Harden, Maximilian

WRITER, JOURNALIST (GERMANY)
BORN 20 Oct 1861, Berlin - DIED 30 Oct 1927, Montana Vermala
REAL NAME Witkowski, Isidor
GRAVE LOCATION Berlin: Friedhof Heerstrasse, Trahkener Allee 1, Charlottenburg-Wilmersdorf (Feld 8-C-10 (Reg. 335) (Ehrengrab))

Maximilian Harden was born as Isidor Witkowski. He was the son of a Jewish silk merchant and after a family quarrel he changed his name. He converted from the Jewish to the Christian belief in 1878 and he published critical essays under te name Apostata.

In 1892 he founded the magazine "Die Zukunft" ("The Future") that was known for it's revelations. He was a personal friend of Bismarck and attacked the latter's opponents. He accused Fürst Philipp von Eulenburg of homosexuality and a series of trials followed. Von Eulenberg was not convicted, but Harden's publications heavily damaged the reputation of the emperor and his court.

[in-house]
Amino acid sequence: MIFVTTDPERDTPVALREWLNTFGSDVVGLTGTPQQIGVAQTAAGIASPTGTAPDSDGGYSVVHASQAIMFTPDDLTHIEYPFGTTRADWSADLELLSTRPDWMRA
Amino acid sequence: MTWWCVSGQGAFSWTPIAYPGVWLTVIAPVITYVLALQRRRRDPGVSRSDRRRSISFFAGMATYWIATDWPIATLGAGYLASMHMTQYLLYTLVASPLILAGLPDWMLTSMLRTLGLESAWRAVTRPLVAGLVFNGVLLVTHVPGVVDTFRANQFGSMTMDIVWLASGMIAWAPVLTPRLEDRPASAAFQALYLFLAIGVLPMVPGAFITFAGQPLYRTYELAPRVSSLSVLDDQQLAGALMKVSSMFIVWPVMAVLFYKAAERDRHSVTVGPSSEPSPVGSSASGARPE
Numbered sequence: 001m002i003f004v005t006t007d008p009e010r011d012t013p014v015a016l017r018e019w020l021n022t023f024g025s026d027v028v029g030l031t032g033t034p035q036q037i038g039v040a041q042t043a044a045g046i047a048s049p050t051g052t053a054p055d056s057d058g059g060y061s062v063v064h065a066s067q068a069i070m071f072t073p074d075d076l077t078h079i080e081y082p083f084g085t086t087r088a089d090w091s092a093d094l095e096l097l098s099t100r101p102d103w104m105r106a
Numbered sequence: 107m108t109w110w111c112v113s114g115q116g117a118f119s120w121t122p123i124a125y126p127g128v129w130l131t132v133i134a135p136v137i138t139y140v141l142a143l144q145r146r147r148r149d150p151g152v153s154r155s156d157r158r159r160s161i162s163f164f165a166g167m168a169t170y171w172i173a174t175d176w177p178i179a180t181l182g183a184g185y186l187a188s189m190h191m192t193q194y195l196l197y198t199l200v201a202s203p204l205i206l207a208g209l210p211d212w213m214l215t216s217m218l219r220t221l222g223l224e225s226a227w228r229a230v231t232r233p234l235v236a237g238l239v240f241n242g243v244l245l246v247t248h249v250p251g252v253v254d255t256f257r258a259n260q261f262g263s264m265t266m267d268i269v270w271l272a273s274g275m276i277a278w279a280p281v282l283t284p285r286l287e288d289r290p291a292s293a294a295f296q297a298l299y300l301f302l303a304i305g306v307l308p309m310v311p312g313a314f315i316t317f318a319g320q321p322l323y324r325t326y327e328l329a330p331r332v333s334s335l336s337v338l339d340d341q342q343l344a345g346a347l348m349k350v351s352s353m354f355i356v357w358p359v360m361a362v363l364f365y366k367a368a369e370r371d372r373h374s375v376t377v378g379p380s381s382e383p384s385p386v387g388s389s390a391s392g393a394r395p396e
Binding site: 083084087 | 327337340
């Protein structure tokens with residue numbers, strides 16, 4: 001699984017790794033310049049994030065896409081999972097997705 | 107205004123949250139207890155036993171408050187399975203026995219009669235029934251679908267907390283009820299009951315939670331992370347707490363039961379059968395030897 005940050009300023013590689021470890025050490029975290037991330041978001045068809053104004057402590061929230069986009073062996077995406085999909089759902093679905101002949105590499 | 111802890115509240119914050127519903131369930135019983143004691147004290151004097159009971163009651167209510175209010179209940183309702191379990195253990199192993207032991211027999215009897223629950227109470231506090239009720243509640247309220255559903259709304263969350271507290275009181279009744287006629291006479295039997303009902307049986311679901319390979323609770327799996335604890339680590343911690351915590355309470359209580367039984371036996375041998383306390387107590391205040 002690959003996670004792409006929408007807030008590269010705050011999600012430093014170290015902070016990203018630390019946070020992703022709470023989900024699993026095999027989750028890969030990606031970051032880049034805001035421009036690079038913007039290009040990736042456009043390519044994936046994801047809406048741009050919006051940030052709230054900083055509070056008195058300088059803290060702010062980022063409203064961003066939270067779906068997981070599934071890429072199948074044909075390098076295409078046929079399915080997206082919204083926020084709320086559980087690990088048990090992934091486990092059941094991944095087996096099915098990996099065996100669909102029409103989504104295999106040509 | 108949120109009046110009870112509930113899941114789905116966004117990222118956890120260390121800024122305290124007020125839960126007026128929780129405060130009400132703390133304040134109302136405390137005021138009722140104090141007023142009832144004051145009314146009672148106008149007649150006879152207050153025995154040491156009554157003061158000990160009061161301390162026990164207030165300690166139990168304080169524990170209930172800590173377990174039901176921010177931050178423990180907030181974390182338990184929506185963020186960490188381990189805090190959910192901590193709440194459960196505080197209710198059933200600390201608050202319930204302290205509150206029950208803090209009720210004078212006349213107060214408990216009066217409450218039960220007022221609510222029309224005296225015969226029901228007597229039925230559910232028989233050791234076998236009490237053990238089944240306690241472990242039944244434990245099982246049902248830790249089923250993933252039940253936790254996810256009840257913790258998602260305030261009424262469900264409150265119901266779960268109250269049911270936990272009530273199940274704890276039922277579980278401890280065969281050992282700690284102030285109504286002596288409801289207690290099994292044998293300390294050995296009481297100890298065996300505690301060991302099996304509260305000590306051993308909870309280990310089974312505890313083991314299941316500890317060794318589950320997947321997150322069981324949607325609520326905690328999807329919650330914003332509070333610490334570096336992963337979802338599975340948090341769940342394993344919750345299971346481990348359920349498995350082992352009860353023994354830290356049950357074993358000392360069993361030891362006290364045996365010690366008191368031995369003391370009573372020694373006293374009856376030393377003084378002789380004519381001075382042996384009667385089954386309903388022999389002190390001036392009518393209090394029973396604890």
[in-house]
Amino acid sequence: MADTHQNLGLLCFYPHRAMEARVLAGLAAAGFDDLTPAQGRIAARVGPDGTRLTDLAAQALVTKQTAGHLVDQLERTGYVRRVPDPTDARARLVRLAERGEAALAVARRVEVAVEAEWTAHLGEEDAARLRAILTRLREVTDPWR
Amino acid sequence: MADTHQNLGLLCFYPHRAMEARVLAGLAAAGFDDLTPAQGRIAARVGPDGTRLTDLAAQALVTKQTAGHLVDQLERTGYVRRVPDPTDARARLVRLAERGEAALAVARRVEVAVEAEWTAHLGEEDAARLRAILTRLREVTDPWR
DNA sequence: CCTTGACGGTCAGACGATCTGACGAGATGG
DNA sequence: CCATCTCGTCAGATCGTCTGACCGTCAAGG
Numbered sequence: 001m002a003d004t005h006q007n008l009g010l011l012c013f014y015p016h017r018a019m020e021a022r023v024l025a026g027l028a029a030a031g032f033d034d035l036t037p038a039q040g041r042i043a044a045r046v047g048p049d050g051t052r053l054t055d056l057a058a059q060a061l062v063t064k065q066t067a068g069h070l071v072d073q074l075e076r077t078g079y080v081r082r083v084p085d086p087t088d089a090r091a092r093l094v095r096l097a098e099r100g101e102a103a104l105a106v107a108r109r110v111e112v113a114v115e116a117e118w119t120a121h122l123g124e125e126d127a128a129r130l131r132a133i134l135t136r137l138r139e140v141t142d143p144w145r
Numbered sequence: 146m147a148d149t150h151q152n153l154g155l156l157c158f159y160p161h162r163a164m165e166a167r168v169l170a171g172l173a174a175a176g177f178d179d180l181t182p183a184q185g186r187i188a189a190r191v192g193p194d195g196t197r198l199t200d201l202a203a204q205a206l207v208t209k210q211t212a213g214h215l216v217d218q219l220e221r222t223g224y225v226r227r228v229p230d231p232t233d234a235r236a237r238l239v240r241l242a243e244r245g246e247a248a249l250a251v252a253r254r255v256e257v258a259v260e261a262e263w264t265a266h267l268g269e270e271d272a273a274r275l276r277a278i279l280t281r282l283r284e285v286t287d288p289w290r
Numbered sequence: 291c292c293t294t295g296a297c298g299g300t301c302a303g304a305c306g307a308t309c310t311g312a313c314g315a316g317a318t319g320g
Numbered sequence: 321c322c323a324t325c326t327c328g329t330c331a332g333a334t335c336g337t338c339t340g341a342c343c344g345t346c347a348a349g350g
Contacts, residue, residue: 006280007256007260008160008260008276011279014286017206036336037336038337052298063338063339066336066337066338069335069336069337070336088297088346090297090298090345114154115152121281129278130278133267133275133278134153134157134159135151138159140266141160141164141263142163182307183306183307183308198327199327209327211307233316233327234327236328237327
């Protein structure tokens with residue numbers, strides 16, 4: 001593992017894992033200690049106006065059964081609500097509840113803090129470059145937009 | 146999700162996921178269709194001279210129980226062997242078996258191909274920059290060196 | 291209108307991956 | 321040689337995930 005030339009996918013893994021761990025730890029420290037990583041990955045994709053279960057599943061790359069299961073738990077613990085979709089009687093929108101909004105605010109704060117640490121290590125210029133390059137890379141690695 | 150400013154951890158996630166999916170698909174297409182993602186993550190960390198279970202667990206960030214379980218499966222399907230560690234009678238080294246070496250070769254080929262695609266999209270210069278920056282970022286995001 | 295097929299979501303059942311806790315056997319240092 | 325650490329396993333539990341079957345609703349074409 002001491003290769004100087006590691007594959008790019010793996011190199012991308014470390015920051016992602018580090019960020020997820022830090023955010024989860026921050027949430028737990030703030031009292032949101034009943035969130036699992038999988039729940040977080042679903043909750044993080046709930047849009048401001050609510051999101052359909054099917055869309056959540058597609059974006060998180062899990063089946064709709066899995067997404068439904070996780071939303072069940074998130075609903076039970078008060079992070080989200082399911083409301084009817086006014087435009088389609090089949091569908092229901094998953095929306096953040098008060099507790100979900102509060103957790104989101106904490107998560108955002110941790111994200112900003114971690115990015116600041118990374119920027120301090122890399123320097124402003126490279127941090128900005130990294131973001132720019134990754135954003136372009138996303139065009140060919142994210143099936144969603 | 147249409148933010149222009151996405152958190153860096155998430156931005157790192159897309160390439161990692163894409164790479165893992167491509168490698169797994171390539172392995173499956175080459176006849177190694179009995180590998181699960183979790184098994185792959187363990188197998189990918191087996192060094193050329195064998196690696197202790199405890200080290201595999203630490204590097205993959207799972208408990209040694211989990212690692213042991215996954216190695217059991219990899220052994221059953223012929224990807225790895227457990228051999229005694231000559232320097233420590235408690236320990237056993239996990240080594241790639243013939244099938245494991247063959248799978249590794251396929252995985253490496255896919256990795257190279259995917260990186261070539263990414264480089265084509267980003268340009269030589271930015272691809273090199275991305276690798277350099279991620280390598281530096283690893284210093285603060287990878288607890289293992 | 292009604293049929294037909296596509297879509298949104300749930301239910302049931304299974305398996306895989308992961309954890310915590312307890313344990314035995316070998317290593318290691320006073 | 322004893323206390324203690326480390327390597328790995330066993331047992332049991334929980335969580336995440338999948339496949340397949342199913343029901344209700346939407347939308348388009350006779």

During the First World War he wanted Germany to win, but he was opposed to the annexation of foreign territory. For his collection of essays "Krieg und Frieden" ("War and Peace") he received the Strindberg Prize. In 1919 he married his girlfriend Selma Aaron.

Shortly after the murder of his friend Von Rathenau he was attacked as well. Harden was severely wounded, but he survived. In 1923 he moved to Switserland, where he died in 1927.

Related persons
• visited Dohme, Emma
• knew Wedekind, Frank

Sources
Winkler Prins Encyclopedie (editie 1909), 1909
Oosthoek Encyclopedie, 1948
LeMO Biografie - Biografie Maximilian Harden

Images

The grave of Maximilian Harden at the Friedhof Heerstrasse, Berlin.
Picture by Androom (13 Aug 2000)

 


Harding, Gilbert Charles

Published: 1 Jan 2006
Last update: 5 Jun 2006